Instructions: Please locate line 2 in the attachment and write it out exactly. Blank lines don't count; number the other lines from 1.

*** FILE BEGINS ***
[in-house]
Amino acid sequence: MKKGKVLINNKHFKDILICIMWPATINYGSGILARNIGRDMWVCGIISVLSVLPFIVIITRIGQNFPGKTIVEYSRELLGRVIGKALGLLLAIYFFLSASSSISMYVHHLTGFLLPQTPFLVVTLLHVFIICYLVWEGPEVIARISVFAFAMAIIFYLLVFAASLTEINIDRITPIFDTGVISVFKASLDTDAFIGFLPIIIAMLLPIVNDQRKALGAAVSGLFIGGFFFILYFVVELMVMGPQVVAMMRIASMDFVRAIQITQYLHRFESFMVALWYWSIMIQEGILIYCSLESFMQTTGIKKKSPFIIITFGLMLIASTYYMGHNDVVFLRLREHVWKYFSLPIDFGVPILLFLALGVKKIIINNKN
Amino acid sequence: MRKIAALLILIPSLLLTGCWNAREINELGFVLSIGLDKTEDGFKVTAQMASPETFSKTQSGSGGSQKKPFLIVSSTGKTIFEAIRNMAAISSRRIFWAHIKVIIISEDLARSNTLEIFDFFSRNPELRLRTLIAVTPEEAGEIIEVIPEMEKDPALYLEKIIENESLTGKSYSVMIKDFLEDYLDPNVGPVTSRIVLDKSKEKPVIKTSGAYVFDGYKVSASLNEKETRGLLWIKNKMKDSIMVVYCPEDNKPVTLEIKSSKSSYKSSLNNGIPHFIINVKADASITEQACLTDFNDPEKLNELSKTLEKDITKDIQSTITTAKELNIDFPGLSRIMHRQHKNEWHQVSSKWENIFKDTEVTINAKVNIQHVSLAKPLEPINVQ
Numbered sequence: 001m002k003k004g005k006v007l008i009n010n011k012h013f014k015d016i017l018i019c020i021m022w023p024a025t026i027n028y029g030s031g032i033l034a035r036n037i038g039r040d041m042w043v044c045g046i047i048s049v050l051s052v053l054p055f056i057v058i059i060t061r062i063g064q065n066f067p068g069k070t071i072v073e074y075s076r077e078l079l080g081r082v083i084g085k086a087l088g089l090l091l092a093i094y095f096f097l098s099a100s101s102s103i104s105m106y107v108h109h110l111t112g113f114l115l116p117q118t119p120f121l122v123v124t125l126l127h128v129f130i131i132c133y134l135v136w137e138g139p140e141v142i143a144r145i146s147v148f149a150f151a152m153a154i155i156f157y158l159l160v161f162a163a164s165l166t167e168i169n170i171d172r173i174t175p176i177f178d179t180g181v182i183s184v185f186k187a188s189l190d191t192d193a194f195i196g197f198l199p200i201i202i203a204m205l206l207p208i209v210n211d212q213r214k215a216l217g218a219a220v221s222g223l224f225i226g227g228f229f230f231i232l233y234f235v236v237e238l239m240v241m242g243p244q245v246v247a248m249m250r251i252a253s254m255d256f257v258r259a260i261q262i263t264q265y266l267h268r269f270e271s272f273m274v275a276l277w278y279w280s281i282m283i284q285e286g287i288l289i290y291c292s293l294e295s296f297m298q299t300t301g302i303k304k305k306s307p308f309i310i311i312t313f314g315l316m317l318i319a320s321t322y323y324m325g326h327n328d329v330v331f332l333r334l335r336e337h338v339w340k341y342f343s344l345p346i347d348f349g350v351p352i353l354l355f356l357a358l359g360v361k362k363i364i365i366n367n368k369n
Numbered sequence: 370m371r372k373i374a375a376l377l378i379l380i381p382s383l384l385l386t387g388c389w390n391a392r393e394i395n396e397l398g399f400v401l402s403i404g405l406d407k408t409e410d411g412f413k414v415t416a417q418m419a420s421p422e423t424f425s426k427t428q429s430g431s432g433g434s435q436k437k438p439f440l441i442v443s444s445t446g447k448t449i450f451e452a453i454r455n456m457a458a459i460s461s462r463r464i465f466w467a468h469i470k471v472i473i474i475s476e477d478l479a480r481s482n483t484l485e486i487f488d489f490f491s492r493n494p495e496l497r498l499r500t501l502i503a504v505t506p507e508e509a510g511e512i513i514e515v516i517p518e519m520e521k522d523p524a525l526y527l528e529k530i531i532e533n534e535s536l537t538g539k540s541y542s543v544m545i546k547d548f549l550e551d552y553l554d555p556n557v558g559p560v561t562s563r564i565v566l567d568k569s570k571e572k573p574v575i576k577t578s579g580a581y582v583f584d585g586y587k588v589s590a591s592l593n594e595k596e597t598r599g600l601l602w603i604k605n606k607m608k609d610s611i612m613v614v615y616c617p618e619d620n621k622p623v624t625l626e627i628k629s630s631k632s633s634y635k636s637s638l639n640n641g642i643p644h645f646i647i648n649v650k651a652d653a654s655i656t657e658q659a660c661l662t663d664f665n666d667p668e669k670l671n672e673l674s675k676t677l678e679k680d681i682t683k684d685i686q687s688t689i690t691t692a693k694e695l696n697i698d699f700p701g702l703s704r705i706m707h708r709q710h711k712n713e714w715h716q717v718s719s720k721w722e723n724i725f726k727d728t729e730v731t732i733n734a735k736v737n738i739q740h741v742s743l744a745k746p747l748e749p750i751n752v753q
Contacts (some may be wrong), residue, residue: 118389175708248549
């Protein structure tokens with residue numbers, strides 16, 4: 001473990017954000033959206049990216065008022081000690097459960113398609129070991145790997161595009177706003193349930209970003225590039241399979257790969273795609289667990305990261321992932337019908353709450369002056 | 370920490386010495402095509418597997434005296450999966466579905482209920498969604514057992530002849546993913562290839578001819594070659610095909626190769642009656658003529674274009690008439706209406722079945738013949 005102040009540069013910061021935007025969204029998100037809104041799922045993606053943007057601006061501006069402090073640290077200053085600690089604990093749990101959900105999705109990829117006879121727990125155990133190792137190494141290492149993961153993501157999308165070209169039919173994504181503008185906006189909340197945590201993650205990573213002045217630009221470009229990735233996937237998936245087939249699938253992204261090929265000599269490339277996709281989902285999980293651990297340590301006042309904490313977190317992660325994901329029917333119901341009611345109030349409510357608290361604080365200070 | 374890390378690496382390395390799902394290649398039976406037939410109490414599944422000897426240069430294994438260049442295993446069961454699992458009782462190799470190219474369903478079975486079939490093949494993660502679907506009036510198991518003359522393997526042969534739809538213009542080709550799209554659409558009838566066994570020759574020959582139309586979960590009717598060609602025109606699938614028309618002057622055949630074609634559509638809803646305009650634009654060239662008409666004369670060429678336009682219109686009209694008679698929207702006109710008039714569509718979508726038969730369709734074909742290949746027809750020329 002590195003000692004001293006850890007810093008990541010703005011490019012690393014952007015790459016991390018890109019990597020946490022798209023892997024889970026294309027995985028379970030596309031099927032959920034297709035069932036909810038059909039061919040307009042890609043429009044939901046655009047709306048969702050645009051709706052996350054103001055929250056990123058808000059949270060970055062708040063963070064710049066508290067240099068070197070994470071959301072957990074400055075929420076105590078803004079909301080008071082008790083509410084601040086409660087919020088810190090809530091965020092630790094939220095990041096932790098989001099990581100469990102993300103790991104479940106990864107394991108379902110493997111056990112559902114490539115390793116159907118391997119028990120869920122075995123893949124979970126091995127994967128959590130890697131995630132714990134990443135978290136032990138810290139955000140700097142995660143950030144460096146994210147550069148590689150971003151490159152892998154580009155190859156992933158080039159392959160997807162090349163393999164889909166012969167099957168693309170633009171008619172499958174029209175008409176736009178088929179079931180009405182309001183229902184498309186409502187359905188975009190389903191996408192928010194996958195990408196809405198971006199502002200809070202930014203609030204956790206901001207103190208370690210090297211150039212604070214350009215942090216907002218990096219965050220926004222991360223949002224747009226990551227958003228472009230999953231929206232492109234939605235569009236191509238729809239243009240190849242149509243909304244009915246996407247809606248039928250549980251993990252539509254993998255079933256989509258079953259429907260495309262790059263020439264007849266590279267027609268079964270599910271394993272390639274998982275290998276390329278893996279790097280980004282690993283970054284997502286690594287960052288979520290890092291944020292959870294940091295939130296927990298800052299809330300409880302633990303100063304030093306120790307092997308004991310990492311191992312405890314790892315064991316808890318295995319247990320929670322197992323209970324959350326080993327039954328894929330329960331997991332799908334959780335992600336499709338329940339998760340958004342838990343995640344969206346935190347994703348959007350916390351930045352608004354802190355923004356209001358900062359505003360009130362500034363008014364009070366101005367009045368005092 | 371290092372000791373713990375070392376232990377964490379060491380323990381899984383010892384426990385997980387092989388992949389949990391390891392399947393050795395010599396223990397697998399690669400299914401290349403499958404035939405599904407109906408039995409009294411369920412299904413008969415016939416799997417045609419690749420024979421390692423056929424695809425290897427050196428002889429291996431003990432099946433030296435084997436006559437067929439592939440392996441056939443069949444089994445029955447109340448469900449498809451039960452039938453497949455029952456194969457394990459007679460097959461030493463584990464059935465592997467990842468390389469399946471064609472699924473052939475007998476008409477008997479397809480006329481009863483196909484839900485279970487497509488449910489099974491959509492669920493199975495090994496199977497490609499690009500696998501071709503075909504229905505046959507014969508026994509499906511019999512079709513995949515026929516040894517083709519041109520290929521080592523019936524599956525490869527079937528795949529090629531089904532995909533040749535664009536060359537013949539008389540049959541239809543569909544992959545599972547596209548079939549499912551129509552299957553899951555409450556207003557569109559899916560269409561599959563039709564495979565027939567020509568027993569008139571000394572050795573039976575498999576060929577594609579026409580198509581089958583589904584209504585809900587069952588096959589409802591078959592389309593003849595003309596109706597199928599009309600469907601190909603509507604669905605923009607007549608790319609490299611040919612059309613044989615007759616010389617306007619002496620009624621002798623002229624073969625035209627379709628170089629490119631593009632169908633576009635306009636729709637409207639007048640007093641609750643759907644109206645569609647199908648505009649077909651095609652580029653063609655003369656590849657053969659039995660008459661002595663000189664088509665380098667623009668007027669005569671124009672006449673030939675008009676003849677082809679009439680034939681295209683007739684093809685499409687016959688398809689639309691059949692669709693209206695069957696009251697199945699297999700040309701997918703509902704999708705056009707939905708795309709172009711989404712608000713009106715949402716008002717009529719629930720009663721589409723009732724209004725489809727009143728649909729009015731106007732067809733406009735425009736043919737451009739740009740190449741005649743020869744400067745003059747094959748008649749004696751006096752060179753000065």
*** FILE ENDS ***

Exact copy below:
Amino acid sequence: MKKGKVLINNKHFKDILICIMWPATINYGSGILARNIGRDMWVCGIISVLSVLPFIVIITRIGQNFPGKTIVEYSRELLGRVIGKALGLLLAIYFFLSASSSISMYVHHLTGFLLPQTPFLVVTLLHVFIICYLVWEGPEVIARISVFAFAMAIIFYLLVFAASLTEINIDRITPIFDTGVISVFKASLDTDAFIGFLPIIIAMLLPIVNDQRKALGAAVSGLFIGGFFFILYFVVELMVMGPQVVAMMRIASMDFVRAIQITQYLHRFESFMVALWYWSIMIQEGILIYCSLESFMQTTGIKKKSPFIIITFGLMLIASTYYMGHNDVVFLRLREHVWKYFSLPIDFGVPILLFLALGVKKIIINNKN